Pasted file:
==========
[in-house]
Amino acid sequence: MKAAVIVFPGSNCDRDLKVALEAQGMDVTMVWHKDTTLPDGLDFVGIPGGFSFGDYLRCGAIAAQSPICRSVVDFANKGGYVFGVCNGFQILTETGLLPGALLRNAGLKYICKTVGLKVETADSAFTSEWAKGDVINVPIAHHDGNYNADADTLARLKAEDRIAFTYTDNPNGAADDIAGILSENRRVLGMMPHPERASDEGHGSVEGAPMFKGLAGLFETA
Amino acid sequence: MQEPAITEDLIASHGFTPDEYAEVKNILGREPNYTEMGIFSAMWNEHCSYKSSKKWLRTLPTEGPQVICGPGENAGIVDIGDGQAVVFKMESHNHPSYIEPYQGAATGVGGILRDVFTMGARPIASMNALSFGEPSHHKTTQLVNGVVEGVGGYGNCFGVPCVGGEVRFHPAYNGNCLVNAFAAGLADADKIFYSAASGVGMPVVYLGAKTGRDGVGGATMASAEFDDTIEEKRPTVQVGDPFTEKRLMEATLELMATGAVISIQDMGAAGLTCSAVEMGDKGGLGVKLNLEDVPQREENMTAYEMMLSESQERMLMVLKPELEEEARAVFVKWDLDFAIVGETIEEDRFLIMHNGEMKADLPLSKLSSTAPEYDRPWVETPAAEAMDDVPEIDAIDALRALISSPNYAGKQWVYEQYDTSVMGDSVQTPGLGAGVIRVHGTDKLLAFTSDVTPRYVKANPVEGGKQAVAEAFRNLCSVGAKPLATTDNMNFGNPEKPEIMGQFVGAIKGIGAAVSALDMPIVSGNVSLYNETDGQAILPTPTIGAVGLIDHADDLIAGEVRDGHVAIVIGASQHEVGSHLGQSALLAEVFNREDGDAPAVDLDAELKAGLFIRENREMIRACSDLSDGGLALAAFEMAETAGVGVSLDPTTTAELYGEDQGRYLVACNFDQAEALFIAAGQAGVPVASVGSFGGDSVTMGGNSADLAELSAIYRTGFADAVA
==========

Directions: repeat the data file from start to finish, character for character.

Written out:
[in-house]
Amino acid sequence: MKAAVIVFPGSNCDRDLKVALEAQGMDVTMVWHKDTTLPDGLDFVGIPGGFSFGDYLRCGAIAAQSPICRSVVDFANKGGYVFGVCNGFQILTETGLLPGALLRNAGLKYICKTVGLKVETADSAFTSEWAKGDVINVPIAHHDGNYNADADTLARLKAEDRIAFTYTDNPNGAADDIAGILSENRRVLGMMPHPERASDEGHGSVEGAPMFKGLAGLFETA
Amino acid sequence: MQEPAITEDLIASHGFTPDEYAEVKNILGREPNYTEMGIFSAMWNEHCSYKSSKKWLRTLPTEGPQVICGPGENAGIVDIGDGQAVVFKMESHNHPSYIEPYQGAATGVGGILRDVFTMGARPIASMNALSFGEPSHHKTTQLVNGVVEGVGGYGNCFGVPCVGGEVRFHPAYNGNCLVNAFAAGLADADKIFYSAASGVGMPVVYLGAKTGRDGVGGATMASAEFDDTIEEKRPTVQVGDPFTEKRLMEATLELMATGAVISIQDMGAAGLTCSAVEMGDKGGLGVKLNLEDVPQREENMTAYEMMLSESQERMLMVLKPELEEEARAVFVKWDLDFAIVGETIEEDRFLIMHNGEMKADLPLSKLSSTAPEYDRPWVETPAAEAMDDVPEIDAIDALRALISSPNYAGKQWVYEQYDTSVMGDSVQTPGLGAGVIRVHGTDKLLAFTSDVTPRYVKANPVEGGKQAVAEAFRNLCSVGAKPLATTDNMNFGNPEKPEIMGQFVGAIKGIGAAVSALDMPIVSGNVSLYNETDGQAILPTPTIGAVGLIDHADDLIAGEVRDGHVAIVIGASQHEVGSHLGQSALLAEVFNREDGDAPAVDLDAELKAGLFIRENREMIRACSDLSDGGLALAAFEMAETAGVGVSLDPTTTAELYGEDQGRYLVACNFDQAEALFIAAGQAGVPVASVGSFGGDSVTMGGNSADLAELSAIYRTGFADAVA